little town when the quantities you require may be purchased from us on short
notice. We help you. Prompt
and satisfactory service guaranteed.
Jo^OOOOOOO-OOOOOOOOO-OOOO-OOOOOOOOOOOOOOOOOOOOOOO-OOOOOOOOOOOOOOOOO^^
t^oooooooooooooooooooooooooooooooooooooooooooooooooooooooo^^
^porting
Comment.
A few of the faithful supporters of
association football braved the cle-
lients and put in an appearance at
|)ak Bay last Saturday, to witness
lie match between the Y.M.C.A. and
J.B.A.A., and were rewarded by seeing a game very much after the style
If a burlesque. The grounds' were
li a frightful state, which made it
Inpossible for either of the teams to
llay good football, but to the credit
If the players they put up as good a
lame as could be expected under the
lircumstances. The result was a win
|or the Bays by the narrow margin of
-2. On the form of Saturday, it
Jvas easily seen that had Victoria en-
lered one team in the Island scries in-
Itead of three, a first-class eleven
(ould have been selected. It would
unfair to criticize either of the
|eams, as under the conditions it
[ould not expected to have first-class
■ootball. Every player tried hard,
Ind although, there were several fouls
licy were not made with the intention
If putting' an opponent out of business, but rather through the inability
If the other players to hold their feet.
I While the Bays and Y.M.C.A. were
I riving for honours on one pitch, the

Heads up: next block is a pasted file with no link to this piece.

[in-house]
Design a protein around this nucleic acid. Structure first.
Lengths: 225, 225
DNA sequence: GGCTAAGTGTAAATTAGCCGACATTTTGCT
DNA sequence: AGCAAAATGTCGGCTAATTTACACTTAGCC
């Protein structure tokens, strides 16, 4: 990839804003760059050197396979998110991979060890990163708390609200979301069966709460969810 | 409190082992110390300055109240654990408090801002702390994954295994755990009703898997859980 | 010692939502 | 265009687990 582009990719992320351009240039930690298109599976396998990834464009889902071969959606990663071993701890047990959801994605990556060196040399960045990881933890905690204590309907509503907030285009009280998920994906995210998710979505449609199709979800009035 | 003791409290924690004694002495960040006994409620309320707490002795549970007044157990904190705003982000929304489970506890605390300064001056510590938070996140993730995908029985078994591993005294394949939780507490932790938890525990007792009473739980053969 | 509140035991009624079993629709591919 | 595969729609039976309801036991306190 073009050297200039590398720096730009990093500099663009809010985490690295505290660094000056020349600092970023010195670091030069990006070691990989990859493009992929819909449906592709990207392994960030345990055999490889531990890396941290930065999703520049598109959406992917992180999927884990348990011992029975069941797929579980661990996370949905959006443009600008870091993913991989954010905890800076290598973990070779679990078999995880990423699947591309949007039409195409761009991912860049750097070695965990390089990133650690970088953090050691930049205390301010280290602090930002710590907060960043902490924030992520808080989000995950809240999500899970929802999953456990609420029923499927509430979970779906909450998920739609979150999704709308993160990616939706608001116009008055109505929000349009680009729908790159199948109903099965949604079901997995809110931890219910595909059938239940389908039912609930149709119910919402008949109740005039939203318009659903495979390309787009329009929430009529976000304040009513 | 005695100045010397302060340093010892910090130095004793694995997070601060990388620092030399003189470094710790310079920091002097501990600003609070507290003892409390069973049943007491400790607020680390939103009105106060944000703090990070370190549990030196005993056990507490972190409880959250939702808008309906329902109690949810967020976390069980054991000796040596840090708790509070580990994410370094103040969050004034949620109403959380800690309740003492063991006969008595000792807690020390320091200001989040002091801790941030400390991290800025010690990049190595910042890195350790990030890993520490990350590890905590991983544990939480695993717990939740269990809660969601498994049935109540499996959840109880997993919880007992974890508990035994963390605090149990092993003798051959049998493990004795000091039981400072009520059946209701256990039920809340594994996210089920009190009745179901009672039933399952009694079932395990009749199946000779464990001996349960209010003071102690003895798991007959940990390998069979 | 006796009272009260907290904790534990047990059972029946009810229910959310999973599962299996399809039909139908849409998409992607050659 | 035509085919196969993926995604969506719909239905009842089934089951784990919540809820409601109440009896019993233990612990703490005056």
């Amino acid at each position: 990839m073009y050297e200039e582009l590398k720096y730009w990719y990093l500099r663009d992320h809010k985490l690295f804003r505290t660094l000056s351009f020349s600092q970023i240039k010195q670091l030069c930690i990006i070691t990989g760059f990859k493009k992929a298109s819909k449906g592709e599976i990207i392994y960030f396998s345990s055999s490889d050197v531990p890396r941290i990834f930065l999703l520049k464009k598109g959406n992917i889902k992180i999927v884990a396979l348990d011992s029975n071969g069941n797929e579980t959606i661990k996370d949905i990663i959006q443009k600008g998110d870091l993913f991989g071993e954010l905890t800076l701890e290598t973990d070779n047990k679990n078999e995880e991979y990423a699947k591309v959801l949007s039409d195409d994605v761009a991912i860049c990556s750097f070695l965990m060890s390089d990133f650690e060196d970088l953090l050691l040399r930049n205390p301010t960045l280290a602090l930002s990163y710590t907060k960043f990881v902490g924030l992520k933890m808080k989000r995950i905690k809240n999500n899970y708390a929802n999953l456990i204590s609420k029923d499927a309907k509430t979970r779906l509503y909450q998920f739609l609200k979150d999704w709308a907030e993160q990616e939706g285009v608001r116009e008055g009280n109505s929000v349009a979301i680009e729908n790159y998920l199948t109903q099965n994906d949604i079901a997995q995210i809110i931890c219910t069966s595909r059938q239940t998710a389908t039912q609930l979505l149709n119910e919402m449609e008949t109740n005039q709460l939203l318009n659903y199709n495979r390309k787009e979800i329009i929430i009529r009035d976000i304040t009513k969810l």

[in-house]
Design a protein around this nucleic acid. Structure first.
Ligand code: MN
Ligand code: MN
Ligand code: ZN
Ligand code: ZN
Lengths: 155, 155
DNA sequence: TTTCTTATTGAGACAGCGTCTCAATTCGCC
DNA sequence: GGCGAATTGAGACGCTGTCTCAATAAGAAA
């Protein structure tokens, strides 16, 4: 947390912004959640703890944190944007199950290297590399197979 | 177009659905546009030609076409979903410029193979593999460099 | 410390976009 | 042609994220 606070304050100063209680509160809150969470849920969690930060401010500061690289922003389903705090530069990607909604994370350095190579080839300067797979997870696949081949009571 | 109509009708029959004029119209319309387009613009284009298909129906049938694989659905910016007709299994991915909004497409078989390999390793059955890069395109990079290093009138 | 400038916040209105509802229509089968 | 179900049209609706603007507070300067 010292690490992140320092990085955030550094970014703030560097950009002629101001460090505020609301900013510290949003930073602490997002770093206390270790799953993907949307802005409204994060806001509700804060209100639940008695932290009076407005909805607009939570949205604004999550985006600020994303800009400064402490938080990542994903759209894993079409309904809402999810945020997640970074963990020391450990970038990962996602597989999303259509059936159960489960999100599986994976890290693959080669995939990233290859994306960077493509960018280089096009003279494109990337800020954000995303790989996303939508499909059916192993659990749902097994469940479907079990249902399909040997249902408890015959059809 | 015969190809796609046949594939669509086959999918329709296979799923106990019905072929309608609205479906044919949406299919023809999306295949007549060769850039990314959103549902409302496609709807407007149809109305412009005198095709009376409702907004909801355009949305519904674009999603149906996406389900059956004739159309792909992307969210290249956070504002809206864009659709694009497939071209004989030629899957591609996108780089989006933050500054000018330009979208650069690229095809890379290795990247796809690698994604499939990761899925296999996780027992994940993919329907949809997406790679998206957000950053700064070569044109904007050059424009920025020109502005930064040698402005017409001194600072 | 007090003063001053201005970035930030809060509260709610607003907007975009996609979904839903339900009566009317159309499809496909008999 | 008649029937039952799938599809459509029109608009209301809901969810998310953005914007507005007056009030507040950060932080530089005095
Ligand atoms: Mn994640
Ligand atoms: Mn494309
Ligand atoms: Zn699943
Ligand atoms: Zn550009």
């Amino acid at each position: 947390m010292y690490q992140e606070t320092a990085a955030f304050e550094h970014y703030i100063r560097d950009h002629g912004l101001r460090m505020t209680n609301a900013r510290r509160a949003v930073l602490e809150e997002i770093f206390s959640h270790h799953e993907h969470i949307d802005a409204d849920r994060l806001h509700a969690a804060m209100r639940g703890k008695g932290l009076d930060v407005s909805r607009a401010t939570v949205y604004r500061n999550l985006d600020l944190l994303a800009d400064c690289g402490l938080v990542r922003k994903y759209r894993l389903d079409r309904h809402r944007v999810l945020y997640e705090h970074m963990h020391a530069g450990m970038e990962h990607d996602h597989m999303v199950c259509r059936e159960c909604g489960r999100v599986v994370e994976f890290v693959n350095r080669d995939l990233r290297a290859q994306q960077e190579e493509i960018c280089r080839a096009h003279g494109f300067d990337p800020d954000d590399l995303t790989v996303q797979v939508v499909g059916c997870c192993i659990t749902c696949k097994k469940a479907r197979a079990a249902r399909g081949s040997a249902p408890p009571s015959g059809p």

.M.C.A. and Victoria West intermediates yere trying conclusions right
mgside, thc result of which was a
|in  for  the  latter  by  the  score   of
-!.    The  game   was   very   ragged,
|ving to the  condition  of the  field,
lit   the   winners   showed   that   they
|erc the superiors of their opponents
no small manner.
I The Ladysmith and Nanaimo teams
le   now   tied   for   the   race   for   the
championship, and it is very probable
that it will require a game in this city
to decide the question of supremacy.
Both teams have won a game, the
Ladysmith boys winning on Saturday
after what is conceded to be one of
the finest games ever played in British Columbia. The Nanaimo team
had been strengthened by the addition
of several players from the Mainland,
but even their assistance was not sufficient to obtain a win. In this connection I owe an apology to the
Ladysmith team for a statement in
my remarks last week. Referring to
the teams, I stated that the Nanaimo
team would have six Mainlanders and
Ladysmith five. This was given me
on good authority, and I also took it
from the daily press, but I am pleased
to see that the Ladysmith team only
had one Mainlander on the team, ancl
he had already played a game. According to press reports, the game
was very fast and attracted a large
attendance. Both these teams havc
to play the Esquimalt team in this
city, and if they succeed in winning
they will have to play off for the
championship, but in case thc Esquimalt team wins, it will be tie with the
other two for first filace. According
to the constitution of the league, a
tie must be played off on neutral
grounds, and as Victoria is the only
neutral ground for Ladysmith and
Nanaimo, it is very likely that Victorians will be given thc opportunity
of witnessing these teams in action.
minion taking part, it would be a
good advertisement for* Victoria to
have a team in the competition, but
evidently this has been overlooked.
If I understand correctly, the newly formed baseball club is to have the
Oak Bay grounds after April 1, in order that the playing space may be
put in condition for the summer
sports. If 1 am correct in this, there
is no doubt but that there will be a
conflict between the footballers and
baseballers. According to the present
schedule, there are sufficient football
games to be played to take up every
Saturday afternoon until the end of
April, and in that case it will be too
late to make any improvements to the
park which are so badly needed. 1